This evening the family and I needed an escape from the over-cluttered house. We went on a glorious family outing consisting of stopping at the local Fish Place, and then going to the local food co-op for dinner.  When I was younger, I would look at people my age now, and think –  I don’t want to be like that.  And now I am like that.  But at least I was there at the co-op having a dinner with my family.  There were more solo diners there than there were groups or families.  And not many of them looked very happy.  Several were sitting around at 6-person tables by themselves with their faces immersed in their laptops, at 7 PM on a Saturday night.  I think there’s something wrong with this picture.

It ties into something I realized when I was out mountain biking earlier today.  We have a 2 mile trail maintained by our neighborhood that is used for hiking and mountain biking.  Back when I moved here 7 years ago, the neighborhood would always come together to maintain the trail.  There was a actually a trail committee, and whenever a big tree came down across it, folks would soon go through and clean it up.  I used to participate in that.  But now I’m super busy between being a parent, being a professor, and trying to get a business off the ground.  So I haven’t helped out.

But the thing I noticed is that nobody seems to be working on the trail these days.  Everyone seems hyper busy.  I occasionally run into a neighbor of mine who used to do a lot of trail maintenance, and recently he, too seems busy.  Everyone seems busy.

Yet I thought we were in the midst of some kind of economic tragicomedy.  I thought unemployment was at a high point since the Great Depression.  I thought people were supposed to be slowing down, doing more things in neighborhoods.  It may be true some places, but not here in this college town.  Life is busier than ever.  And people seem more isolated than ever.

Earlier this year I traveled to my old stomping grounds in Utah.  I got together with an old friend there.  I asked her how some other mutual acquaintances were doing, and she said she didn’t really know – she didn’t get out much at all.  She spends most of her time in front of the computer. I see her on Facebook all the time.  We are more connected digitally than in person.

Is this really the way it should be?  Many of us are working harder than ever, and many others unemployed, and fewer of us are actually talking to each other face to face.  We’re all so busy and immersed in the digital world that we don’t sit down and make human connections.  At least that’s true for me.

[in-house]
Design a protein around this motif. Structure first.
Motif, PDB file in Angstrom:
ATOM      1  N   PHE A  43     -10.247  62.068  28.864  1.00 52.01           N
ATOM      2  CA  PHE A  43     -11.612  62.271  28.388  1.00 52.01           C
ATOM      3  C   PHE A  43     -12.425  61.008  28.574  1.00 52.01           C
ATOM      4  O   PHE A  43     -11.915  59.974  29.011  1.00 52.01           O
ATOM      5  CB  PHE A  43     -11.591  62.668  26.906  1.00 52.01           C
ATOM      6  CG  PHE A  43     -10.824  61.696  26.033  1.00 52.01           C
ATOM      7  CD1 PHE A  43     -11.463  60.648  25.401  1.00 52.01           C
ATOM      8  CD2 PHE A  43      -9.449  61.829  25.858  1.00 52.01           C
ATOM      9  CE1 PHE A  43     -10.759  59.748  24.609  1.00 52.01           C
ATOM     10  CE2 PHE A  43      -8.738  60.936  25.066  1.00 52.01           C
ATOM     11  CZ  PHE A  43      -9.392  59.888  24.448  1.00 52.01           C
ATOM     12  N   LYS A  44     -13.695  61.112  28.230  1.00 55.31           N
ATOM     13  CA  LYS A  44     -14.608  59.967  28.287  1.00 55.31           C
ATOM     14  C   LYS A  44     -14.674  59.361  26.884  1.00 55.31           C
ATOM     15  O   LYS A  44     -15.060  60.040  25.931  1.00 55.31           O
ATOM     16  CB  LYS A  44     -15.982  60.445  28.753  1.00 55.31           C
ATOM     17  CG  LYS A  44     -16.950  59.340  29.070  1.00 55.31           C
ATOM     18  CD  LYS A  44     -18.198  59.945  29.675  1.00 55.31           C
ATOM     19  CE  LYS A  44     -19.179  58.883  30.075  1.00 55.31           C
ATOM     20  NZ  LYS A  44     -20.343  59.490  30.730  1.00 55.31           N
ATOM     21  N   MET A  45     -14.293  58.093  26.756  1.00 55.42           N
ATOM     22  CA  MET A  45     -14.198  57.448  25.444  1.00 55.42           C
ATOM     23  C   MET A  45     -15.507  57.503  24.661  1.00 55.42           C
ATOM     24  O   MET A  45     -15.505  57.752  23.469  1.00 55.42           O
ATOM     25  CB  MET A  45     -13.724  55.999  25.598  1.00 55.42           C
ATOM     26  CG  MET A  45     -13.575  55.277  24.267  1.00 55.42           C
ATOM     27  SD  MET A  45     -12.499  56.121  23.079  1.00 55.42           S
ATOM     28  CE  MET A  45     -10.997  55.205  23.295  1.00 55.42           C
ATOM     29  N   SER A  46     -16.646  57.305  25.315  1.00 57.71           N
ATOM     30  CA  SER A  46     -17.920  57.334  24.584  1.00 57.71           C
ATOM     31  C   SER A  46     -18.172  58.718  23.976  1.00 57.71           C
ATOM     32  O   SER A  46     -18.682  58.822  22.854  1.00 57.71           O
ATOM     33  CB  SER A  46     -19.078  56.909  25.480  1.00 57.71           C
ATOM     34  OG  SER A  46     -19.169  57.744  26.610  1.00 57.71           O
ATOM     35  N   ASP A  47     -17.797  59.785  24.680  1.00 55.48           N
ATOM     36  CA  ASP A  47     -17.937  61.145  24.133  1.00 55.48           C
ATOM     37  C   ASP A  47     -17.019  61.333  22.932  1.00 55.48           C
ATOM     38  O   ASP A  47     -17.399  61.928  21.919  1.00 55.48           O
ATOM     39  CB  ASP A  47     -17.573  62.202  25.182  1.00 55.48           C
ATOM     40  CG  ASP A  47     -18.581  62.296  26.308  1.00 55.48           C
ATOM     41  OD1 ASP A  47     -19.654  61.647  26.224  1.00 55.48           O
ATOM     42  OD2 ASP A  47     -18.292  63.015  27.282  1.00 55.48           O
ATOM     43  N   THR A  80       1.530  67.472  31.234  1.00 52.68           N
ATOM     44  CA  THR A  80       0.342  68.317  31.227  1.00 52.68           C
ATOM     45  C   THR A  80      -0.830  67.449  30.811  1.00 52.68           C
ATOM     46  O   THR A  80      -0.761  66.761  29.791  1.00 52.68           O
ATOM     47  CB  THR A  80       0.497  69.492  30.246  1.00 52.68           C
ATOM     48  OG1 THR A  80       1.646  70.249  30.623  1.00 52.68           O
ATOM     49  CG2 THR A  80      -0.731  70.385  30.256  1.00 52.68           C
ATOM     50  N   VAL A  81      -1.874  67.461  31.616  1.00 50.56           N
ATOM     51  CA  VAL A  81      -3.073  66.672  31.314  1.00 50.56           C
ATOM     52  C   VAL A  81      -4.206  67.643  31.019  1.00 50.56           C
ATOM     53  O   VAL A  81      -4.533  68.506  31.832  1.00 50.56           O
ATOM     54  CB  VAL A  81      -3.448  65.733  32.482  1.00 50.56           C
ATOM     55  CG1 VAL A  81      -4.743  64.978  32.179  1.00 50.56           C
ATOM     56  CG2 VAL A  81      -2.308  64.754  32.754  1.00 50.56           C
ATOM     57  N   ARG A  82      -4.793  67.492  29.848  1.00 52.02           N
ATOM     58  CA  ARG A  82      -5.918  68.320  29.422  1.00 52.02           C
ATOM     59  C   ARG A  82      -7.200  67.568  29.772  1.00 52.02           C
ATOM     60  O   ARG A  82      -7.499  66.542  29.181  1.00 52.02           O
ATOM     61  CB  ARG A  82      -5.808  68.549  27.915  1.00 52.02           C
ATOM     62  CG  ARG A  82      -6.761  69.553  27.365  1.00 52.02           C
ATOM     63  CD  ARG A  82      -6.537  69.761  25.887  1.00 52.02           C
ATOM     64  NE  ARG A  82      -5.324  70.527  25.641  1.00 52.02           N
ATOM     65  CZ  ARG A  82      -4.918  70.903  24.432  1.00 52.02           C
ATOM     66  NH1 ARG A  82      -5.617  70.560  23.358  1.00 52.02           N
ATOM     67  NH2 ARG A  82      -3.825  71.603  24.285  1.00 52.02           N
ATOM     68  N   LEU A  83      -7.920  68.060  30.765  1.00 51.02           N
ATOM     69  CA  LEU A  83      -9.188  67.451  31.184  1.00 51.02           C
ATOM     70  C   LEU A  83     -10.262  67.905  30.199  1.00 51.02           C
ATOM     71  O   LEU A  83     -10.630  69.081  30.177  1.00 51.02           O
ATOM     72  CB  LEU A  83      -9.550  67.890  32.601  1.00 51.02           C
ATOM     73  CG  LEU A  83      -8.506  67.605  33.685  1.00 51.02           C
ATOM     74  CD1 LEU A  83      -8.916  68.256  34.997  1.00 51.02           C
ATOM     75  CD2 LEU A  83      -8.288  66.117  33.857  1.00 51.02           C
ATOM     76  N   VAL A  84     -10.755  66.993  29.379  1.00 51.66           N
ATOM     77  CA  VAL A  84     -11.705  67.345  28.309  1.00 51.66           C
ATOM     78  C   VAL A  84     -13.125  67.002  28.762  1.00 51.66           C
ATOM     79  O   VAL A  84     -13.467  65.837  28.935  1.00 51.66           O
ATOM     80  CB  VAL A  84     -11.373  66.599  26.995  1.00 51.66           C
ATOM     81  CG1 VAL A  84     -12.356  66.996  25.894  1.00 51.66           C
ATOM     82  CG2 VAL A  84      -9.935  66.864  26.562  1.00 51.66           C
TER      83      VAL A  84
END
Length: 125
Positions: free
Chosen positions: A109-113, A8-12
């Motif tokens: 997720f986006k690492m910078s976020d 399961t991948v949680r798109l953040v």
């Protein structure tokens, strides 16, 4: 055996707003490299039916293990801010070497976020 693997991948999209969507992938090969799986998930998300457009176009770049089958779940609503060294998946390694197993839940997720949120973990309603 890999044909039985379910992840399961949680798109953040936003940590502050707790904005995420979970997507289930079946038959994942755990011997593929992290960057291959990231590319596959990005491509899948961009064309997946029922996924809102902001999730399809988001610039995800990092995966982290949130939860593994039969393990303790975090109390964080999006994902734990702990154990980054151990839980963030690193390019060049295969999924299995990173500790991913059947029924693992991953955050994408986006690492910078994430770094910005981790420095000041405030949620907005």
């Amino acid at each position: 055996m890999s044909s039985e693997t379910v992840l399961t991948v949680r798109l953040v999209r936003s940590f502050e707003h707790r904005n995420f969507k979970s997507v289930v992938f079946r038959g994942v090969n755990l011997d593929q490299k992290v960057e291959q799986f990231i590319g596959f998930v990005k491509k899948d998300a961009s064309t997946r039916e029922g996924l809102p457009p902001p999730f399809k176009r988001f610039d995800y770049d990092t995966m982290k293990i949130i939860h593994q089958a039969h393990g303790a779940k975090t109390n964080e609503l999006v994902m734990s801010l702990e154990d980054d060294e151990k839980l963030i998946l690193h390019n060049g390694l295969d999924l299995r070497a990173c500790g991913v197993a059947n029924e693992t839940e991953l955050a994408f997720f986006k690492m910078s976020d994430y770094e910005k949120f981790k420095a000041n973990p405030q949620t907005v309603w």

I like blogs – both writing my own and reading others.  But is it really a substitute for face-to-face interaction?  I think our communities and world are becoming increasingly fractured by the lack of real interaction.  We may still interact with people on a casual basis – at the grocery store or at work.  But where are the deep, meaningful interactions?  I find them lacking.  And I’m not the only one.

There’s a friend of mine who lives about 40 miles away.  I used to see her regularly.  Now I don’t.  For a while, I thought it was just me and my busyness.  But it is not.  She is hyper busy too.  Last time I saw her, she said she rarely goes out to do things with other people anymore.  She doesn’t have time.  And she doesn’t have kids yet.

What is going on? I don’t think this situation of having large numbers of people living in relatively close proximity, none of whom have any kind of real bonding going on, is a good thing.  It is a recipe for problems.  And sure enough, the USA doesn’t appear on any of the top-10 lists of the world’s happiest people.  One commenter on that site said this was because the US is busy “defending” the world.  I call BS on that one.  It has nothing to do with defending anything.  It has everything to do with how we’ve chosen to structure our lives and our society.

Economic problems like what we’ve experienced aren’t a good thing.  But I had hopes that one good thing would come out of it: more and better connection between neighbors and families.  I’m not feeling that happening.  How about you?  Have you experienced no change, improvement, or decline in your feeling of connection to people over the last year or two?  Leave a comment with your story.

    3 replies to "the loneliness epidemic"

    • Brian

      I never take a computer with me on vacation for just this reason (though, yes, the iPhone does come along). I don’t want the time that I have to enjoy with my family and with the world around me to be absorbed in those pixels.

      I feel like people are stunting themselves by their constant digital immersion: Jogging with your iPod, texting while you wait for the bus… this is noise during the times when your mind can do some real exploration and discovery.

    • Molly

      I don’t know anyone like that!! 😉

      However, when you said you see people at 6-top tables by themselves and feel bad for them, I tend to call those people “brave”.

    • Miriam

      Morgan, you are right on. I’ve noticed this trend too. It’s considered admirable to be “hyperbusy” and multitasking, which leaves little time for developing meaningful relationships. I recommend 2 books that I’ve read recently on this topic: Distracted, by Maggie Jackson, and The Lonely American, by Jaqueline Olds and Richard Schwartz.

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